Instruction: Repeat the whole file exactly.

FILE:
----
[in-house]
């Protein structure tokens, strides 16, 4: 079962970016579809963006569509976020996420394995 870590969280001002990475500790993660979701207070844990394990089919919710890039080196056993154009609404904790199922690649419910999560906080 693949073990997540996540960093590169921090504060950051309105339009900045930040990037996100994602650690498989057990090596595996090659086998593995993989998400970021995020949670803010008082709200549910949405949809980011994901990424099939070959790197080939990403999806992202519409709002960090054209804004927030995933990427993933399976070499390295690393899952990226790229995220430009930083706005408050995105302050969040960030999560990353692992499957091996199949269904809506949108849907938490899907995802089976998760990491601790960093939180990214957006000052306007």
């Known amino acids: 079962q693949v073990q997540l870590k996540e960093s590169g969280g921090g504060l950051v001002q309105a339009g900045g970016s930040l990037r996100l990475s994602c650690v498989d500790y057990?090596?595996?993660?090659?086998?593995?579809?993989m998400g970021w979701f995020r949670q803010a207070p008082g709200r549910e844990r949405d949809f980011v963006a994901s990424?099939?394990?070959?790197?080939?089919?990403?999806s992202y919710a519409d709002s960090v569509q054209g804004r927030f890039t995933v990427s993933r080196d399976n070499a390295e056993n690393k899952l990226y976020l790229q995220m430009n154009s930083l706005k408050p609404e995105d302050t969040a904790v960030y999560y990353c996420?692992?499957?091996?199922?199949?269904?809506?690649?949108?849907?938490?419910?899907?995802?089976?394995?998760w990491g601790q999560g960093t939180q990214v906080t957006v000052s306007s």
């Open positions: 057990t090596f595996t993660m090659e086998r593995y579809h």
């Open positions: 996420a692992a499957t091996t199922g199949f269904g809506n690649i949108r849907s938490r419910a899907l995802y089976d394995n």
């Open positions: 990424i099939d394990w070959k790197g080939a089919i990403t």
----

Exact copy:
[in-house]
């Protein structure tokens, strides 16, 4: 079962970016579809963006569509976020996420394995 870590969280001002990475500790993660979701207070844990394990089919919710890039080196056993154009609404904790199922690649419910999560906080 693949073990997540996540960093590169921090504060950051309105339009900045930040990037996100994602650690498989057990090596595996090659086998593995993989998400970021995020949670803010008082709200549910949405949809980011994901990424099939070959790197080939990403999806992202519409709002960090054209804004927030995933990427993933399976070499390295690393899952990226790229995220430009930083706005408050995105302050969040960030999560990353692992499957091996199949269904809506949108849907938490899907995802089976998760990491601790960093939180990214957006000052306007």
């Known amino acids: 079962q693949v073990q997540l870590k996540e960093s590169g969280g921090g504060l950051v001002q309105a339009g900045g970016s930040l990037r996100l990475s994602c650690v498989d500790y057990?090596?595996?993660?090659?086998?593995?579809?993989m998400g970021w979701f995020r949670q803010a207070p008082g709200r549910e844990r949405d949809f980011v963006a994901s990424?099939?394990?070959?790197?080939?089919?990403?999806s992202y919710a519409d709002s960090v569509q054209g804004r927030f890039t995933v990427s993933r080196d399976n070499a390295e056993n690393k899952l990226y976020l790229q995220m430009n154009s930083l706005k408050p609404e995105d302050t969040a904790v960030y999560y990353c996420?692992?499957?091996?199922?199949?269904?809506?690649?949108?849907?938490?419910?899907?995802?089976?394995?998760w990491g601790q999560g960093t939180q990214v906080t957006v000052s306007s």
């Open positions: 057990t090596f595996t993660m090659e086998r593995y579809h």
């Open positions: 996420a692992a499957t091996t199922g199949f269904g809506n690649i949108r849907s938490r419910a899907l995802y089976d394995n």
């Open positions: 990424i099939d394990w070959k790197g080939a089919i990403t």